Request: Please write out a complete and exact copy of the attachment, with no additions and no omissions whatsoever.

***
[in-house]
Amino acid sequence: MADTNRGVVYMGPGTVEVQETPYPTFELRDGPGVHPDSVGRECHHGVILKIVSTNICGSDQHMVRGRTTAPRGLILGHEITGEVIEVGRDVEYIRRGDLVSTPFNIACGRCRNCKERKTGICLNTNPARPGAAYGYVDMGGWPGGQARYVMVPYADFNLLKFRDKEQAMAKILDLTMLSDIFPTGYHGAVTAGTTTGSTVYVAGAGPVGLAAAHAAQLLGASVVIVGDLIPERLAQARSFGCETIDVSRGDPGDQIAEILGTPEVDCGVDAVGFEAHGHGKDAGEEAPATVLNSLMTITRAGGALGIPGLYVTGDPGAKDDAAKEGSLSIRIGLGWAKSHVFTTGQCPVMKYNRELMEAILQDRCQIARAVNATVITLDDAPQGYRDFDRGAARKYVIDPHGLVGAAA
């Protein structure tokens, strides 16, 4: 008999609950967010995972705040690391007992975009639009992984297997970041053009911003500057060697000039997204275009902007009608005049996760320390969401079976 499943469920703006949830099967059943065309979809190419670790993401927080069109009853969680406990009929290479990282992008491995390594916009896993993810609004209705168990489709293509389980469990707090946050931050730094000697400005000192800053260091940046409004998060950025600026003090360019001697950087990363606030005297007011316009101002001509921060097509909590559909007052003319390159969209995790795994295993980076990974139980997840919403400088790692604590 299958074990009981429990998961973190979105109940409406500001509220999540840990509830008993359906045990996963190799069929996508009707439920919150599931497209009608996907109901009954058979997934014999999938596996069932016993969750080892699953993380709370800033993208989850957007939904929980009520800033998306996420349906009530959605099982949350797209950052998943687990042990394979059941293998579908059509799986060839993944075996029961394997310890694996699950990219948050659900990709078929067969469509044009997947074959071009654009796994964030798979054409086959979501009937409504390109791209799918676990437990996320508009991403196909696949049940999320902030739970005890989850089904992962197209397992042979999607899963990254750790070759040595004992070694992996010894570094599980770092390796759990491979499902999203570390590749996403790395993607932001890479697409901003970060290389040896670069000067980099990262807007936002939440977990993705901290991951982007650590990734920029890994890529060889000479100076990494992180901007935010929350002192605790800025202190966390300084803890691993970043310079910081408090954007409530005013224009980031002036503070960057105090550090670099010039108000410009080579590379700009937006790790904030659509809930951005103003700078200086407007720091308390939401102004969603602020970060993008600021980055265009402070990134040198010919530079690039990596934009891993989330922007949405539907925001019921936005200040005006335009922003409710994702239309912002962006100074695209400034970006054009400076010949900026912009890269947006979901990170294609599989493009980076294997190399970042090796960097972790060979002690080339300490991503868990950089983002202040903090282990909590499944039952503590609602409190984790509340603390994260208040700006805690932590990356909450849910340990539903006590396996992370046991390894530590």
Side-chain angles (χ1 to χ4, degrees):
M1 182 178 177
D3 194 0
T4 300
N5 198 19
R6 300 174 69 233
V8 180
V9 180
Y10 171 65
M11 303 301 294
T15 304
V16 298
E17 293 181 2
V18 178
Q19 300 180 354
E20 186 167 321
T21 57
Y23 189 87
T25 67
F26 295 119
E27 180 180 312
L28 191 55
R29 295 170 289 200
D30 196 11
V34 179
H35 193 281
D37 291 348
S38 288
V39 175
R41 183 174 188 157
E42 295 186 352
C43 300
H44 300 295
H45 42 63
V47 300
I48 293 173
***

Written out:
[in-house]
Amino acid sequence: MADTNRGVVYMGPGTVEVQETPYPTFELRDGPGVHPDSVGRECHHGVILKIVSTNICGSDQHMVRGRTTAPRGLILGHEITGEVIEVGRDVEYIRRGDLVSTPFNIACGRCRNCKERKTGICLNTNPARPGAAYGYVDMGGWPGGQARYVMVPYADFNLLKFRDKEQAMAKILDLTMLSDIFPTGYHGAVTAGTTTGSTVYVAGAGPVGLAAAHAAQLLGASVVIVGDLIPERLAQARSFGCETIDVSRGDPGDQIAEILGTPEVDCGVDAVGFEAHGHGKDAGEEAPATVLNSLMTITRAGGALGIPGLYVTGDPGAKDDAAKEGSLSIRIGLGWAKSHVFTTGQCPVMKYNRELMEAILQDRCQIARAVNATVITLDDAPQGYRDFDRGAARKYVIDPHGLVGAAA
């Protein structure tokens, strides 16, 4: 008999609950967010995972705040690391007992975009639009992984297997970041053009911003500057060697000039997204275009902007009608005049996760320390969401079976 499943469920703006949830099967059943065309979809190419670790993401927080069109009853969680406990009929290479990282992008491995390594916009896993993810609004209705168990489709293509389980469990707090946050931050730094000697400005000192800053260091940046409004998060950025600026003090360019001697950087990363606030005297007011316009101002001509921060097509909590559909007052003319390159969209995790795994295993980076990974139980997840919403400088790692604590 299958074990009981429990998961973190979105109940409406500001509220999540840990509830008993359906045990996963190799069929996508009707439920919150599931497209009608996907109901009954058979997934014999999938596996069932016993969750080892699953993380709370800033993208989850957007939904929980009520800033998306996420349906009530959605099982949350797209950052998943687990042990394979059941293998579908059509799986060839993944075996029961394997310890694996699950990219948050659900990709078929067969469509044009997947074959071009654009796994964030798979054409086959979501009937409504390109791209799918676990437990996320508009991403196909696949049940999320902030739970005890989850089904992962197209397992042979999607899963990254750790070759040595004992070694992996010894570094599980770092390796759990491979499902999203570390590749996403790395993607932001890479697409901003970060290389040896670069000067980099990262807007936002939440977990993705901290991951982007650590990734920029890994890529060889000479100076990494992180901007935010929350002192605790800025202190966390300084803890691993970043310079910081408090954007409530005013224009980031002036503070960057105090550090670099010039108000410009080579590379700009937006790790904030659509809930951005103003700078200086407007720091308390939401102004969603602020970060993008600021980055265009402070990134040198010919530079690039990596934009891993989330922007949405539907925001019921936005200040005006335009922003409710994702239309912002962006100074695209400034970006054009400076010949900026912009890269947006979901990170294609599989493009980076294997190399970042090796960097972790060979002690080339300490991503868990950089983002202040903090282990909590499944039952503590609602409190984790509340603390994260208040700006805690932590990356909450849910340990539903006590396996992370046991390894530590």
Side-chain angles (χ1 to χ4, degrees):
M1 182 178 177
D3 194 0
T4 300
N5 198 19
R6 300 174 69 233
V8 180
V9 180
Y10 171 65
M11 303 301 294
T15 304
V16 298
E17 293 181 2
V18 178
Q19 300 180 354
E20 186 167 321
T21 57
Y23 189 87
T25 67
F26 295 119
E27 180 180 312
L28 191 55
R29 295 170 289 200
D30 196 11
V34 179
H35 193 281
D37 291 348
S38 288
V39 175
R41 183 174 188 157
E42 295 186 352
C43 300
H44 300 295
H45 42 63
V47 300
I48 293 173